"One percent real growth in the defense budget over the next five years is a net cut for investment and procurement accounts. A defense budget in decline portends an America in decline.  It will undermine our ability to project power, strengthen our adversaries and weaken our alliances," McKeon said.

He pointed to the report of an independent panel created by Congress to respond to Gates' Quadrennial Defense Review led by former National Security Advisor Stephen Hadley and former Defense Secretary William Perry to support his argument. That panel recommended significant new investments in naval power and ever increasing defense budgets in the future.

"Let me put this in the simplest terms possible: cutting defense spending amidst two wars is a red line for me and should be a red line for all Americans," McKeon said.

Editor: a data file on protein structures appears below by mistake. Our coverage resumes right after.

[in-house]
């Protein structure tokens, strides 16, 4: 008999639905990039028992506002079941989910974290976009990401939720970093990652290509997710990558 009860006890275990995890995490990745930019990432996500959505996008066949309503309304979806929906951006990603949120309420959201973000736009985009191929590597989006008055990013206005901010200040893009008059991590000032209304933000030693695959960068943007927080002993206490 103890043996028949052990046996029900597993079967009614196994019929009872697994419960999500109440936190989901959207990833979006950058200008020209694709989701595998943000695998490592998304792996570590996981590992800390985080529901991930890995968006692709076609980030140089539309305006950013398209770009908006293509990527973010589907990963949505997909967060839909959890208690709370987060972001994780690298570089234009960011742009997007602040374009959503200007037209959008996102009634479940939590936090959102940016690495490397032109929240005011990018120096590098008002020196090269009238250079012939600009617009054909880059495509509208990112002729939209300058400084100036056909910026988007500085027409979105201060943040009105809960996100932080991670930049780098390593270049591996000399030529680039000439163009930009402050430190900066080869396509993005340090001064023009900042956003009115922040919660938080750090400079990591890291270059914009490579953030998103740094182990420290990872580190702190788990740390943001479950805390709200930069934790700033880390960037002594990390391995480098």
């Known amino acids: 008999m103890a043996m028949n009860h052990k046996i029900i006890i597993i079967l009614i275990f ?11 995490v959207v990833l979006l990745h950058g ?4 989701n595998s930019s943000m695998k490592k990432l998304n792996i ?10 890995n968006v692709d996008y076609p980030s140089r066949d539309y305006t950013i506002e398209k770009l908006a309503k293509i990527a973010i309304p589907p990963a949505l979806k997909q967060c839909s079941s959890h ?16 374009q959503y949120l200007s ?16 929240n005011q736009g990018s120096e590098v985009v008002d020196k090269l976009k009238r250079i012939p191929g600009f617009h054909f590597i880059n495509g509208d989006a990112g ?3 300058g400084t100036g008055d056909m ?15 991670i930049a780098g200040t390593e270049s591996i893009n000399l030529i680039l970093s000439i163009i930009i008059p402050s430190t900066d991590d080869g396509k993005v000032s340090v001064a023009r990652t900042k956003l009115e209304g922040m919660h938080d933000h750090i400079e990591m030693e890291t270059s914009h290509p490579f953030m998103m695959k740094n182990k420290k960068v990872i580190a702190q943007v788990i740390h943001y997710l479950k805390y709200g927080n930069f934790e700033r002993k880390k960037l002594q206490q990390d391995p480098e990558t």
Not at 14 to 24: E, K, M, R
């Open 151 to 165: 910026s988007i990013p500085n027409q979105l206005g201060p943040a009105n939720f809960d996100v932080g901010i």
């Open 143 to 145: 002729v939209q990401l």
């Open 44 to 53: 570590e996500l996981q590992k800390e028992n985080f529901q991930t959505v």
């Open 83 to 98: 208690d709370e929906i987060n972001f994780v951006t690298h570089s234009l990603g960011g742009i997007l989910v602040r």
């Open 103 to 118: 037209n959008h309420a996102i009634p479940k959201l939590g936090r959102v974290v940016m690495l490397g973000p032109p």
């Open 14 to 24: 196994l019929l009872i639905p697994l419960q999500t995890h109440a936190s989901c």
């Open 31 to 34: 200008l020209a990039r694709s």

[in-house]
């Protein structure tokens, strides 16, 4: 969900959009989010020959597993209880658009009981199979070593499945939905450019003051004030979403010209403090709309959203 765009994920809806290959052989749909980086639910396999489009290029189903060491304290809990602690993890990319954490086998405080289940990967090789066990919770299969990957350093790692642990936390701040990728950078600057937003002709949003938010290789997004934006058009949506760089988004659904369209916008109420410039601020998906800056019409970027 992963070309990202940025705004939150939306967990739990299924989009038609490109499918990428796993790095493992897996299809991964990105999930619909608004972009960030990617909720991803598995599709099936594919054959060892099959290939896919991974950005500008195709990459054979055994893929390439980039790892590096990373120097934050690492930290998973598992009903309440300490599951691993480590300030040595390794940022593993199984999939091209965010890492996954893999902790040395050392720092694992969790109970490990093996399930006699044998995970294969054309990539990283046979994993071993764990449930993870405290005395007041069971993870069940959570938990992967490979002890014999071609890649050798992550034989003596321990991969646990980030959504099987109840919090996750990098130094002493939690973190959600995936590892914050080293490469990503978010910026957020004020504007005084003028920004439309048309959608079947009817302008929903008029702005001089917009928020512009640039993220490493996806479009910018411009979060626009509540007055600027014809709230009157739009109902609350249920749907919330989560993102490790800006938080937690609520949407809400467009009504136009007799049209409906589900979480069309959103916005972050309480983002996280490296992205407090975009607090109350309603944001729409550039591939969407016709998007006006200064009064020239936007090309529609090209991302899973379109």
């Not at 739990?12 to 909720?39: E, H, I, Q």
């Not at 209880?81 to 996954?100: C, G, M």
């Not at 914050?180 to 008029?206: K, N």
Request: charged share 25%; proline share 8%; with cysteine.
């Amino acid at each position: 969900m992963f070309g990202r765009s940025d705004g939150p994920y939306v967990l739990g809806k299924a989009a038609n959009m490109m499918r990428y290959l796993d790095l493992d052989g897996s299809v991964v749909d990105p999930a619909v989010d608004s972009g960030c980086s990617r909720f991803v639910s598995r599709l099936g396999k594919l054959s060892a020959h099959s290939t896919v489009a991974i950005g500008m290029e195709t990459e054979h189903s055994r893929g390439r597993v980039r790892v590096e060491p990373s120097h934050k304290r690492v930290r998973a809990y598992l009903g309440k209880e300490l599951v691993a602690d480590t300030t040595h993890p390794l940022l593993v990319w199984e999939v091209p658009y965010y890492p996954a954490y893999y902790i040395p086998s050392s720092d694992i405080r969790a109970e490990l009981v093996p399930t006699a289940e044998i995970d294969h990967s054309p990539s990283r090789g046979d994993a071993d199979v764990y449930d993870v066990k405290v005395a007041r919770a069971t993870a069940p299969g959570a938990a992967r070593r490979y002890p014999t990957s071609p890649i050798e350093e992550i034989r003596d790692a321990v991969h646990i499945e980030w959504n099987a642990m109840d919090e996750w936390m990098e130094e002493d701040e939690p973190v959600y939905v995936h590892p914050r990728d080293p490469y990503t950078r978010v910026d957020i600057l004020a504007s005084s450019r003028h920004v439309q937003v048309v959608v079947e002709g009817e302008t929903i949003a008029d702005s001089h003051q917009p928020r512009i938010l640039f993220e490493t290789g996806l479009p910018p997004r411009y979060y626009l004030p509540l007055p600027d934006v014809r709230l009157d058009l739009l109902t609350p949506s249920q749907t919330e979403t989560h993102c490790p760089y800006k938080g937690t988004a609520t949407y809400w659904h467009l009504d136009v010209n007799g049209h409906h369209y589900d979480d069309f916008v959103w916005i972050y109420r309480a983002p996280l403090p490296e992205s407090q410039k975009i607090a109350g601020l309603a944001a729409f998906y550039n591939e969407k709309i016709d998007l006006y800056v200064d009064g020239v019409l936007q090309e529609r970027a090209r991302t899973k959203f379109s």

In a roundtable discussion with reporters following his remarks, McKeon said he did not expect the fiscal 2010 defense authorization bill, which is now before the Senate, to be passed this year.

"For the first time in 40 years, we may not have a defense authorization bill passed," he said. "We need to get it done before the appropriations bill gets done so we can maintain relevance."

He also maintained his opposition to including a measure in the defense bill that would repeal the ban on gays serving openly in the military, which is currently supported by the Democratic leadership.

"Whether it be the hate crimes legislation, immigration, or don't ask don't tell, the defense bill has been used as a vehicle to divide instead of unite the Congress," McKeon said. "This must end today."

The Cable

U.S. and India take their relationship beyond South Asia

President Obama's 10-day trip to Asia kicked off with a three-day stay in India - and that's no accident. The administration has been expanding its cooperation with India on a range of issues outside the South Asian subcontinent since this spring, when it began a high-level dialogue led by the State Department regarding how the two countries could collaborate in East Asia.